Mainland leadership needs to deepen legal reform
Efforts at legal reform need to be intensified, otherwise the nation risks facing more international scandals in the coming year
The past year should have been a wake-up call for the authorities: either deepen reform to strengthen the rule of law, or risk more international scandals like those involving Wang Lijun and Chen Guangcheng.
The two men, one a powerful police chief fearing revenge from his boss and the other a rights activist under house arrest, could not have been more different in terms of their status and situation. But despite the very different causes of their flights to seek foreign sanctuary, at the root is the same problem: weak rule of law, compounded by weak checks on official powers.
One solution, if you ask legal reformers, is steering judicial reform in the right direction.
Making judicial officers more professional was the focus of judicial reform under former Supreme Court chief Xiao Yang - a period of reform that saw judges required to sit the same legal professional examination as lawyers and prosecutors.
However, to the dismay of many legal professionals, this reform focus has been pretty much abandoned since 2008, when the official slogan for judicial work became the "Three Supremes" - to serve the interests of the Communist Party, the people and the law, in that order.
With the Communist Party's new leadership now in place, some hold out hope for change and are cautiously welcoming recent positive signs. For example, Meng Jianzhu , the new secretary of the party's Political and Legal Affairs Commission, said in a speech last week that judges should "combine professionalism with populism", and there was no mention of the Three Supremes.
Others want to see more measures to enhance the independence of the judiciary, such as reducing the commission's control of the courts and the removal of party units from courts and law firms. Following new party general secretary Xi Jinping's recent speech on the importance of implementing the constitution, there have also been fresh calls for the courts to review government actions against the standards set out in the constitution - a function allowed by law but not in practice.
And many just want to see courts being allowed to hear cases as they should under the law, and not be forbidden from doing so when cases involve multiple plaintiffs or are deemed sensitive for other reasons. Show trials, like those of Bo's Xilai's wife, Gu Kailai , and Wang can also no longer convince the public that justice is done.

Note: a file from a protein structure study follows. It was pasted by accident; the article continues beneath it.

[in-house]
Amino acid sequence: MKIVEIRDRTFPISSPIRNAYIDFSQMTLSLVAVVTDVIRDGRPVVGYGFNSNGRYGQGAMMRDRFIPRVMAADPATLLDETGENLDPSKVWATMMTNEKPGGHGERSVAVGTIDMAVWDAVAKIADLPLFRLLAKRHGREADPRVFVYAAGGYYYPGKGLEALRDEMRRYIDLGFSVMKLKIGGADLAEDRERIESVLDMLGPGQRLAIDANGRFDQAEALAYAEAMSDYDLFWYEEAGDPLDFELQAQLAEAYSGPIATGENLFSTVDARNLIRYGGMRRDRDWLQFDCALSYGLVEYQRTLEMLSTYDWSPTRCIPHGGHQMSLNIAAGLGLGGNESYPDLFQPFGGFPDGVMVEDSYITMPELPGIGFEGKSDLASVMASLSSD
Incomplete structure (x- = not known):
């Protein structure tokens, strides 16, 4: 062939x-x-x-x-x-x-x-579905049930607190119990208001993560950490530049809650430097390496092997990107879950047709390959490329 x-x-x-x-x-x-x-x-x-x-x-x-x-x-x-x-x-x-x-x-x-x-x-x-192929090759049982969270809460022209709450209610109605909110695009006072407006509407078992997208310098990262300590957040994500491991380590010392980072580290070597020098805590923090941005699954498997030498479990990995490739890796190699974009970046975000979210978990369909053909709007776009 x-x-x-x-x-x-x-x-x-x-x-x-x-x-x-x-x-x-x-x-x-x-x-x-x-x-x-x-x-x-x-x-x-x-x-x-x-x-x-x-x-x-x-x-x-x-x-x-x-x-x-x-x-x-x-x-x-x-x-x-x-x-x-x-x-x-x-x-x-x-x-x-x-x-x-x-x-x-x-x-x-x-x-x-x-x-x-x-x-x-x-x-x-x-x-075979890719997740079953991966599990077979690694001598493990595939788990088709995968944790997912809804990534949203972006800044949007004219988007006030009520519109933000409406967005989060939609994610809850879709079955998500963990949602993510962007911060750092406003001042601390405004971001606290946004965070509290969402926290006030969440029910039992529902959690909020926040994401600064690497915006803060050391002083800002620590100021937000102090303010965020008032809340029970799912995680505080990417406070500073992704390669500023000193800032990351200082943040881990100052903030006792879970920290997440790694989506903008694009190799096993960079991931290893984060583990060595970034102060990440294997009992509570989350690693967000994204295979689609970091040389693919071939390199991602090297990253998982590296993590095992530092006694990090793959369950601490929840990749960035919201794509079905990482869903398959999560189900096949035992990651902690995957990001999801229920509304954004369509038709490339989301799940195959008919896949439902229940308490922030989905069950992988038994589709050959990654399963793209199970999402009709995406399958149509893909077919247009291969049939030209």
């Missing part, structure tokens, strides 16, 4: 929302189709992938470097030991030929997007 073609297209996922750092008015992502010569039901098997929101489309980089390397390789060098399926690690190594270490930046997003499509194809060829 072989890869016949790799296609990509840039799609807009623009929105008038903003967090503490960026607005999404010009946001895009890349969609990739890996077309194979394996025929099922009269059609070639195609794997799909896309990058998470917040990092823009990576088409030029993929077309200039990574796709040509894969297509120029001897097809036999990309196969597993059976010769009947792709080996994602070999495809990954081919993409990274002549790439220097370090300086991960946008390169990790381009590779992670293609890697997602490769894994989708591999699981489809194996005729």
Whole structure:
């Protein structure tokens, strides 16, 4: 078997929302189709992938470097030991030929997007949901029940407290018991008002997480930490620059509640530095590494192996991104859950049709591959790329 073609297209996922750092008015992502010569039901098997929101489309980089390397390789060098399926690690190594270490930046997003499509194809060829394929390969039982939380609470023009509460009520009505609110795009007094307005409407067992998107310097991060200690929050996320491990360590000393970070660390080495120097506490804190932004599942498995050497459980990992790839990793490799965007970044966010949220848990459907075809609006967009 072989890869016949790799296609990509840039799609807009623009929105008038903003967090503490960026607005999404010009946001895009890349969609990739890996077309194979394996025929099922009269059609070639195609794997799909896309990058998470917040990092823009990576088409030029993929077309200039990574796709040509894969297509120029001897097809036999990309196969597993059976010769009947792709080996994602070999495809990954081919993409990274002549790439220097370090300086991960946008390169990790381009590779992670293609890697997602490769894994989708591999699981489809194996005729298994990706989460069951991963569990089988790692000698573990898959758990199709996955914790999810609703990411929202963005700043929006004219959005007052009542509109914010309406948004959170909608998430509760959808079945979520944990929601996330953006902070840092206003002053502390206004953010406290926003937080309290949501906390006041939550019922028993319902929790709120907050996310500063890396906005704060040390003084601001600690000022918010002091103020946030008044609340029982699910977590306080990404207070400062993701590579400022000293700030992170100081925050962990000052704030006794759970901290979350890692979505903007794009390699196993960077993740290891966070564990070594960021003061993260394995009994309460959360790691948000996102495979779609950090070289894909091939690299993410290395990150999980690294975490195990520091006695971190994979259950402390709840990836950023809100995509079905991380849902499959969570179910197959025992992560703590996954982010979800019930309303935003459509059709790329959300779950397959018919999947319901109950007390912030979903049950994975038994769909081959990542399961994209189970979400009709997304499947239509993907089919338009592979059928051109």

On the legislative front, several moves last year gave encouragement to rights advocates, including the passing of the long-awaited Mental Health Law, which will hopefully make the involuntary committal of mental health patients much harder, and amendments to the Criminal Procedure Law that will improve the rights of suspects and defendants to counsel and hopefully reduce use of torture.
Detailed implementation guidelines for the courts, prosecutors and the police were also issued late last month, although whether they will reduce abuses, especially in relation to secret detention, requires more study.
Meanwhile, in the process of negotiating the draft amendments to the Criminal Procedure Law, as well as amendments to the Civil Procedure Law also passed last year, legal reformers realised that official resistance to change was still strong, whether in relation to a citizen's rights versus the powers of the police, or allowing citizens to use the courts in public interest cases. In the end victories were gained, but substantial compromises were also made.
The past year should have been one in which the authorities realised that domestic problems - be they corruption or abuse of citizens' rights - can easily become international issues. The quest for rule of law is no doubt a long-term project, but the new leadership must show determination in deepening reform.
The mainland can no longer afford to have officials bound weakly by the law. There are two ways to address this: either wait forlornly for the officials to become more law-abiding, or enhance systemic checks on their power.
Judicial reform is one way to achieve the latter. Others include increasing public consultation during law-making and enhancing government transparency.
The new year wish list for reformers is pretty clear. The question is whether the new leadership shares those priorities.
Ng Tze-wei is a former South China Morning Post journalist